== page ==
Does it matter what people think about your dog's behavior?
You should care, because when out in public your dog is an ambassador for canine-kind. If he behaves badly by lunging at strangers, jumping up, or barking, this is unpleasant and intimidating for others. However, a well-behaved dog that walks nicely to heel and sits politely to greet people is a positive pleasure.
A dog that behaves in public means you can relax and enjoy walks, rather than be on edge all the time in anticipation of problems. Remember, the dog and his behavior are your responsibility, both in moral terms and in the eyes of the law. Should your dog jump up at a senior citizen, knocking them over so that they fracture a hip, then you could well be liable for their surgical expenses.
To behave well in public means having the dog under control at all times, both on and off the leash. This skill doesn't happen by magic but by putting in the time with regular obedience training. Even a basic command such as "Sit", along with walking to heel, equip the dog with a great grounding so that he is able to meet and greet strangers without showing you up.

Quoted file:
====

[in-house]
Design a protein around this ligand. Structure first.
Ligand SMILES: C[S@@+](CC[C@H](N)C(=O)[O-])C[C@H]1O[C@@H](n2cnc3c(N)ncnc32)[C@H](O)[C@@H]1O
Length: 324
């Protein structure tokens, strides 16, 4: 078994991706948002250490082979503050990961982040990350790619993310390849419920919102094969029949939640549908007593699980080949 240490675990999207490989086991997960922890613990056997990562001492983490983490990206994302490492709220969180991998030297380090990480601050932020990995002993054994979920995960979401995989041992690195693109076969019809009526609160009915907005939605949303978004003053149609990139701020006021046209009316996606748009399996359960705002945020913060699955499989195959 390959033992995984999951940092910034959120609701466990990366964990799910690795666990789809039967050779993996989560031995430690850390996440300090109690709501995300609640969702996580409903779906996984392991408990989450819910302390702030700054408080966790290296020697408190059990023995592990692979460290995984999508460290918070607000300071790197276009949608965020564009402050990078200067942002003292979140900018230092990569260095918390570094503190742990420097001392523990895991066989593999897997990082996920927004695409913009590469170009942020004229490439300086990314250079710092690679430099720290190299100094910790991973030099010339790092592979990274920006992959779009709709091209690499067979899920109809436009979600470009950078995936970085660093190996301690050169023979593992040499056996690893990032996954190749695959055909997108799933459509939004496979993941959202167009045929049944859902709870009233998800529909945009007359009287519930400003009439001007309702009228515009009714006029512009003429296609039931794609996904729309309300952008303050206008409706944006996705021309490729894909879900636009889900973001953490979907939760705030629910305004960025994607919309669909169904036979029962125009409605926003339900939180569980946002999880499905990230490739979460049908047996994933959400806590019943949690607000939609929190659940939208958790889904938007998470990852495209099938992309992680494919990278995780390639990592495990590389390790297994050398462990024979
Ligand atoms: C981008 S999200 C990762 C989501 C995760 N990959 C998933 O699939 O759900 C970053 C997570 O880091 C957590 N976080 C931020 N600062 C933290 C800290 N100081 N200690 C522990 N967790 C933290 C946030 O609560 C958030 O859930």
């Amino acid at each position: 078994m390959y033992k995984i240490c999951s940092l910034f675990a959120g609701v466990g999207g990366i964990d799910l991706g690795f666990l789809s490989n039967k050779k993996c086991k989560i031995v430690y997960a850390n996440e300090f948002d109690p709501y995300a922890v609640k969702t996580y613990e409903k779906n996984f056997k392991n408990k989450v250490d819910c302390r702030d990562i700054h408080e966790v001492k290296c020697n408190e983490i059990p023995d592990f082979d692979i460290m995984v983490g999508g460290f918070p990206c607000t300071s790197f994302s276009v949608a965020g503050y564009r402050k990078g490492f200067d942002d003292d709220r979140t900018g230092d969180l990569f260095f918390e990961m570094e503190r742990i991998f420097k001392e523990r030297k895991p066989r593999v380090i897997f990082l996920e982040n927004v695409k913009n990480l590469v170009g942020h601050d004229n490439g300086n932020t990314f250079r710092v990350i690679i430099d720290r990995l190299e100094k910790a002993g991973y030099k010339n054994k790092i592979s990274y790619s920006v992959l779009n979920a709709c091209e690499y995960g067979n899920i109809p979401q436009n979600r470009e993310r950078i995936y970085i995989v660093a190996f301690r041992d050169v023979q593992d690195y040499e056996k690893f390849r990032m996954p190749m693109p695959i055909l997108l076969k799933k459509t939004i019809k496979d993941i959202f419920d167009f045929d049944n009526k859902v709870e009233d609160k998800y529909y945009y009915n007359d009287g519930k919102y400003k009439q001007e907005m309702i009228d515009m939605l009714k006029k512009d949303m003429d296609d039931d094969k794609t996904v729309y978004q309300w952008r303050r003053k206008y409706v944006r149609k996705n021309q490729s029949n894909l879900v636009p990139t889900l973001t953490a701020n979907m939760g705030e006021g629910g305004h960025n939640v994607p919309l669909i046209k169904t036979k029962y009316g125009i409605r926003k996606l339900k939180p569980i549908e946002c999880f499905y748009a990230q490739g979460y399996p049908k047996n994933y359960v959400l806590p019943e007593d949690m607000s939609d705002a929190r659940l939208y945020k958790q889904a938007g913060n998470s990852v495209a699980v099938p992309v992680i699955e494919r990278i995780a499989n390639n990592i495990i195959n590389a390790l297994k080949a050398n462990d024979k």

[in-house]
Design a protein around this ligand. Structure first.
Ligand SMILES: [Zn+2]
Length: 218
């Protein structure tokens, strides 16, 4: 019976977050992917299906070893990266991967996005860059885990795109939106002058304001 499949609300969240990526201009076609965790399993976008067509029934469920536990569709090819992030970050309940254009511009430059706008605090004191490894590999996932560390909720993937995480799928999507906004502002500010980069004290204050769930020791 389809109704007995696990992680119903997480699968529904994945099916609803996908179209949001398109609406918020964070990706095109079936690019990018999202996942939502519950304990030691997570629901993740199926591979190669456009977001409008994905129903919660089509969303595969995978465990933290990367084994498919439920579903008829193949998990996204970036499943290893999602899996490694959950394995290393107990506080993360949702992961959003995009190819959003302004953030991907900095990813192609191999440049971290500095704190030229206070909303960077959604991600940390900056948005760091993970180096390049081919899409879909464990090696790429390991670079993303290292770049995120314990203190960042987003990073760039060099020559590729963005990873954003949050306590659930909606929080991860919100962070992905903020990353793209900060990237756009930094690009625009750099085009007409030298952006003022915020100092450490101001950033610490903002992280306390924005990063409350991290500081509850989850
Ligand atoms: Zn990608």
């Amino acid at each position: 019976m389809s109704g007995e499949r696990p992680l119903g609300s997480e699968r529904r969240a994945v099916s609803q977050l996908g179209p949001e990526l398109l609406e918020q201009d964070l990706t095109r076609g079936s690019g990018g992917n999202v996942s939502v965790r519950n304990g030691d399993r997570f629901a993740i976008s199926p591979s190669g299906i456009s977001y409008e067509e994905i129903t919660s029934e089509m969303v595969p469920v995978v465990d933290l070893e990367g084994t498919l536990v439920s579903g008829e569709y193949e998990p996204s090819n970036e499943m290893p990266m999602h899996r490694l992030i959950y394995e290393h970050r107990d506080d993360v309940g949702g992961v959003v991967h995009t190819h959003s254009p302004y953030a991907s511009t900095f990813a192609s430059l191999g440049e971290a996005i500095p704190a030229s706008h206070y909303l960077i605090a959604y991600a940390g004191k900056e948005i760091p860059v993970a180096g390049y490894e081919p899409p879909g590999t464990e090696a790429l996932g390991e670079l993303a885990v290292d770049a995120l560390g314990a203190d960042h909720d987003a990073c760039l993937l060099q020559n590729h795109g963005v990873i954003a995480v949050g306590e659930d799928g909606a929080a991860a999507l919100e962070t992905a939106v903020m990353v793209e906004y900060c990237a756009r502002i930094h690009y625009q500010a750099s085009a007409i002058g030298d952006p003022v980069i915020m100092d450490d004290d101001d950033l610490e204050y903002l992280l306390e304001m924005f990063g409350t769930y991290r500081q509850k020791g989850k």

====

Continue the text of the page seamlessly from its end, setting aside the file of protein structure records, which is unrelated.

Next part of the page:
Training both puppies and adult dogs does require time, persistence, and patience. For the puppies, the world is a big exciting place full of new sights, sounds, and smells, so distraction is rife. For the adult dog, they may have deeply ingrained bad habits that need to be replaced with new good behavior.
For both young and old, be sure to use reward-based training methods. This rewards the dog's good behavior, which sets them on the path to thinking about what they need to do to please you and earn a reward. Old-fashioned methods based on dominating the dog are outdated because they use intimidation and punishment to cow the dog into obeying. Not a happy scenario!
Basic obedience training requires little other than:
A collar and leash to restrain the dog
Bite-sized tasty treats to use as a reward
A bag that clips onto your belt, in which to keep the treats handy
Time, patience, and consistency
Train your dog a couple of times a day for 10 to 15 minutes. You can also incorporate training into your walks, such as getting the dog to sit curbside. However, be sure to make training fun and always end on a high with a command the dog knows and can do well. This helps build self-confidence and enthusiasm for the next session.